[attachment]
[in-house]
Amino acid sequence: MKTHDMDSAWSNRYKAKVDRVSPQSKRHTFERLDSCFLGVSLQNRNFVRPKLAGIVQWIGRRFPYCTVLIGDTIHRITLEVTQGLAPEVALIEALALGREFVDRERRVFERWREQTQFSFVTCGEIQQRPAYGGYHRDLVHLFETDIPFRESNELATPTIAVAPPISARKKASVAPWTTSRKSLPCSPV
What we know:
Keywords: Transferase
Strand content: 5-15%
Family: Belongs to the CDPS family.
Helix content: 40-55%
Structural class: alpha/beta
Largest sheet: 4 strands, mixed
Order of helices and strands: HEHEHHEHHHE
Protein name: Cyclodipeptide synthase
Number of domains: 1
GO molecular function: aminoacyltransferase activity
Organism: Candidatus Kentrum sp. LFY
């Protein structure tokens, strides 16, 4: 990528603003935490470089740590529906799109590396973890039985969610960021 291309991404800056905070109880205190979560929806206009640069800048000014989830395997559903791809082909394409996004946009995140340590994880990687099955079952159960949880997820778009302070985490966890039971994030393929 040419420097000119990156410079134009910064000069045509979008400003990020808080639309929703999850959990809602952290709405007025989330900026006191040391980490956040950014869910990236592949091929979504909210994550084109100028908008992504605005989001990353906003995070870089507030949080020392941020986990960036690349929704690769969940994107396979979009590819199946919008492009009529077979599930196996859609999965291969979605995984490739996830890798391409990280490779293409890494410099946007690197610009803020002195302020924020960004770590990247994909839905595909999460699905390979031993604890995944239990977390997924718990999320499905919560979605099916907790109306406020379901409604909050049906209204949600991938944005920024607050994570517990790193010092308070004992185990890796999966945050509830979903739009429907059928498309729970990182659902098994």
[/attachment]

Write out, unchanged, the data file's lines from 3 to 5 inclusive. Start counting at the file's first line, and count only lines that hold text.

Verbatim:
What we know:
Keywords: Transferase
Strand content: 5-15%